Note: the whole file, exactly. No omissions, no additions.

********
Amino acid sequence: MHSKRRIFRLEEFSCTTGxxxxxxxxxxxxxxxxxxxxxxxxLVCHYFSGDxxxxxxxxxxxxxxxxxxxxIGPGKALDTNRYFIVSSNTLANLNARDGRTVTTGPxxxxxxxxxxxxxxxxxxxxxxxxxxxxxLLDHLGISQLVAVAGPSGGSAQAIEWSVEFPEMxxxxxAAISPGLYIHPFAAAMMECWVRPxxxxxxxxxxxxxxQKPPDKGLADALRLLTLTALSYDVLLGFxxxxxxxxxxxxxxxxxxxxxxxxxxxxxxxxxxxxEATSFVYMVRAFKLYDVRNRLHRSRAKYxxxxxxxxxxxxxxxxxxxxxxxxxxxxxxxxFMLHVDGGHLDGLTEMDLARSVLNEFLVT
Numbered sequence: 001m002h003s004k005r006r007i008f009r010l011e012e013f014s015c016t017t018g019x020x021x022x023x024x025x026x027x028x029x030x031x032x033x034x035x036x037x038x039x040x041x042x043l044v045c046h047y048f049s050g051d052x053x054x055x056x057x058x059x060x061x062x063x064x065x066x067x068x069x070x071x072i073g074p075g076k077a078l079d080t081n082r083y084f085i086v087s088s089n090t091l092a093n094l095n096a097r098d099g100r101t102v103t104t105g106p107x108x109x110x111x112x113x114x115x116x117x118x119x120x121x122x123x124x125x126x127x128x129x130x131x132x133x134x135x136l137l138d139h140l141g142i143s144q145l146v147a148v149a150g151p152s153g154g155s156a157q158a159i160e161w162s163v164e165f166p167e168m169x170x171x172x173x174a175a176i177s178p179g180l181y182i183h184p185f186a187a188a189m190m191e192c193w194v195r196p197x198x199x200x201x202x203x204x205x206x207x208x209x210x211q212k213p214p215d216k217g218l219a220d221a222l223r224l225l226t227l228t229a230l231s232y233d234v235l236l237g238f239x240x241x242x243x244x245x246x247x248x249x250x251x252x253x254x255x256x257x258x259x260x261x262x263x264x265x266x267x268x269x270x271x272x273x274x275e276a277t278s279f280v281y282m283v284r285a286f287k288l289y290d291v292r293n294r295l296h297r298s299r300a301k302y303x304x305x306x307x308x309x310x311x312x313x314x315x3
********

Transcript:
Amino acid sequence: MHSKRRIFRLEEFSCTTGxxxxxxxxxxxxxxxxxxxxxxxxLVCHYFSGDxxxxxxxxxxxxxxxxxxxxIGPGKALDTNRYFIVSSNTLANLNARDGRTVTTGPxxxxxxxxxxxxxxxxxxxxxxxxxxxxxLLDHLGISQLVAVAGPSGGSAQAIEWSVEFPEMxxxxxAAISPGLYIHPFAAAMMECWVRPxxxxxxxxxxxxxxQKPPDKGLADALRLLTLTALSYDVLLGFxxxxxxxxxxxxxxxxxxxxxxxxxxxxxxxxxxxxEATSFVYMVRAFKLYDVRNRLHRSRAKYxxxxxxxxxxxxxxxxxxxxxxxxxxxxxxxxFMLHVDGGHLDGLTEMDLARSVLNEFLVT
Numbered sequence: 001m002h003s004k005r006r007i008f009r010l011e012e013f014s015c016t017t018g019x020x021x022x023x024x025x026x027x028x029x030x031x032x033x034x035x036x037x038x039x040x041x042x043l044v045c046h047y048f049s050g051d052x053x054x055x056x057x058x059x060x061x062x063x064x065x066x067x068x069x070x071x072i073g074p075g076k077a078l079d080t081n082r083y084f085i086v087s088s089n090t091l092a093n094l095n096a097r098d099g100r101t102v103t104t105g106p107x108x109x110x111x112x113x114x115x116x117x118x119x120x121x122x123x124x125x126x127x128x129x130x131x132x133x134x135x136l137l138d139h140l141g142i143s144q145l146v147a148v149a150g151p152s153g154g155s156a157q158a159i160e161w162s163v164e165f166p167e168m169x170x171x172x173x174a175a176i177s178p179g180l181y182i183h184p185f186a187a188a189m190m191e192c193w194v195r196p197x198x199x200x201x202x203x204x205x206x207x208x209x210x211q212k213p214p215d216k217g218l219a220d221a222l223r224l225l226t227l228t229a230l231s232y233d234v235l236l237g238f239x240x241x242x243x244x245x246x247x248x249x250x251x252x253x254x255x256x257x258x259x260x261x262x263x264x265x266x267x268x269x270x271x272x273x274x275e276a277t278s279f280v281y282m283v284r285a286f287k288l289y290d291v292r293n294r295l296h297r298s299r300a301k302y303x304x305x306x307x308x309x310x311x312x313x314x315x3